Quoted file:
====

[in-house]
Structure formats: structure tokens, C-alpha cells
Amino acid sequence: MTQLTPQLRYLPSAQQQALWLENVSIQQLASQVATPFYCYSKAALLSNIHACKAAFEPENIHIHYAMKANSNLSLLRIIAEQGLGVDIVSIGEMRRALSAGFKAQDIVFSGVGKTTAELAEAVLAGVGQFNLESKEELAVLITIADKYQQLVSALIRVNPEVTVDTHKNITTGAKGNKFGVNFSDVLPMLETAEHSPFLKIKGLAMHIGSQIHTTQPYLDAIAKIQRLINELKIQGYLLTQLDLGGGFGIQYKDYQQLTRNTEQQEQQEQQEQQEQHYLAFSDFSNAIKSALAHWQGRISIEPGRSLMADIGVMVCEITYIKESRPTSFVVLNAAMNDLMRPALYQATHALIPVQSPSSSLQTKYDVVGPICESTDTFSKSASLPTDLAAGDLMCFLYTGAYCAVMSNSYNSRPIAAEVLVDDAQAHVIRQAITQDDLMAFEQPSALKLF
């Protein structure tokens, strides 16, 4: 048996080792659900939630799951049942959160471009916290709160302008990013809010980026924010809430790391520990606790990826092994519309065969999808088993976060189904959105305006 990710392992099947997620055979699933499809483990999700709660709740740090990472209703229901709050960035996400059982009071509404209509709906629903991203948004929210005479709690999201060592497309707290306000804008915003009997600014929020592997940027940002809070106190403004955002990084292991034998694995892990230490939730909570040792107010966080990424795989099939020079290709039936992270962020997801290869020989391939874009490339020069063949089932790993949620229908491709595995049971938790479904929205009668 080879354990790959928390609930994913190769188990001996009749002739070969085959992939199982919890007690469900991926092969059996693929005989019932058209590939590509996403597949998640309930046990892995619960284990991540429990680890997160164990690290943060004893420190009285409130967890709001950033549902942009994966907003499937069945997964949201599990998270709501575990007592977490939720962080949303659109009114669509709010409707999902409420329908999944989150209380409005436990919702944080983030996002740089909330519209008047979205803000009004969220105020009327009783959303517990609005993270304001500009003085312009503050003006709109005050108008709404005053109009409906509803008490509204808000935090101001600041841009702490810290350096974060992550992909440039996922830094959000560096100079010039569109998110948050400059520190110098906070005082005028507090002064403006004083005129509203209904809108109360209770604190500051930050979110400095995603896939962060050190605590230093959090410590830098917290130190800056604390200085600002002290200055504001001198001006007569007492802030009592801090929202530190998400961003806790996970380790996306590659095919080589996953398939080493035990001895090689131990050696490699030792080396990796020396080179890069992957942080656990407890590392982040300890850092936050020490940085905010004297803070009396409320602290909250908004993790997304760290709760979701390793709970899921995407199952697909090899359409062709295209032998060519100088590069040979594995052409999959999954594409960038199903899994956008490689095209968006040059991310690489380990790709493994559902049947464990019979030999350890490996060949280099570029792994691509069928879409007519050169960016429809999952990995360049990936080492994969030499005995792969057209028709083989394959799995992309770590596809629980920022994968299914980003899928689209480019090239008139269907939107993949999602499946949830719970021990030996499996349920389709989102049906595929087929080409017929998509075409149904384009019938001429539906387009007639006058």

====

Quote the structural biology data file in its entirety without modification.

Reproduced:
[in-house]
Structure formats: structure tokens, C-alpha cells
Amino acid sequence: MTQLTPQLRYLPSAQQQALWLENVSIQQLASQVATPFYCYSKAALLSNIHACKAAFEPENIHIHYAMKANSNLSLLRIIAEQGLGVDIVSIGEMRRALSAGFKAQDIVFSGVGKTTAELAEAVLAGVGQFNLESKEELAVLITIADKYQQLVSALIRVNPEVTVDTHKNITTGAKGNKFGVNFSDVLPMLETAEHSPFLKIKGLAMHIGSQIHTTQPYLDAIAKIQRLINELKIQGYLLTQLDLGGGFGIQYKDYQQLTRNTEQQEQQEQQEQQEQHYLAFSDFSNAIKSALAHWQGRISIEPGRSLMADIGVMVCEITYIKESRPTSFVVLNAAMNDLMRPALYQATHALIPVQSPSSSLQTKYDVVGPICESTDTFSKSASLPTDLAAGDLMCFLYTGAYCAVMSNSYNSRPIAAEVLVDDAQAHVIRQAITQDDLMAFEQPSALKLF
């Protein structure tokens, strides 16, 4: 048996080792659900939630799951049942959160471009916290709160302008990013809010980026924010809430790391520990606790990826092994519309065969999808088993976060189904959105305006 990710392992099947997620055979699933499809483990999700709660709740740090990472209703229901709050960035996400059982009071509404209509709906629903991203948004929210005479709690999201060592497309707290306000804008915003009997600014929020592997940027940002809070106190403004955002990084292991034998694995892990230490939730909570040792107010966080990424795989099939020079290709039936992270962020997801290869020989391939874009490339020069063949089932790993949620229908491709595995049971938790479904929205009668 080879354990790959928390609930994913190769188990001996009749002739070969085959992939199982919890007690469900991926092969059996693929005989019932058209590939590509996403597949998640309930046990892995619960284990991540429990680890997160164990690290943060004893420190009285409130967890709001950033549902942009994966907003499937069945997964949201599990998270709501575990007592977490939720962080949303659109009114669509709010409707999902409420329908999944989150209380409005436990919702944080983030996002740089909330519209008047979205803000009004969220105020009327009783959303517990609005993270304001500009003085312009503050003006709109005050108008709404005053109009409906509803008490509204808000935090101001600041841009702490810290350096974060992550992909440039996922830094959000560096100079010039569109998110948050400059520190110098906070005082005028507090002064403006004083005129509203209904809108109360209770604190500051930050979110400095995603896939962060050190605590230093959090410590830098917290130190800056604390200085600002002290200055504001001198001006007569007492802030009592801090929202530190998400961003806790996970380790996306590659095919080589996953398939080493035990001895090689131990050696490699030792080396990796020396080179890069992957942080656990407890590392982040300890850092936050020490940085905010004297803070009396409320602290909250908004993790997304760290709760979701390793709970899921995407199952697909090899359409062709295209032998060519100088590069040979594995052409999959999954594409960038199903899994956008490689095209968006040059991310690489380990790709493994559902049947464990019979030999350890490996060949280099570029792994691509069928879409007519050169960016429809999952990995360049990936080492994969030499005995792969057209028709083989394959799995992309770590596809629980920022994968299914980003899928689209480019090239008139269907939107993949999602499946949830719970021990030996499996349920389709989102049906595929087929080409017929998509075409149904384009019938001429539906387009007639006058």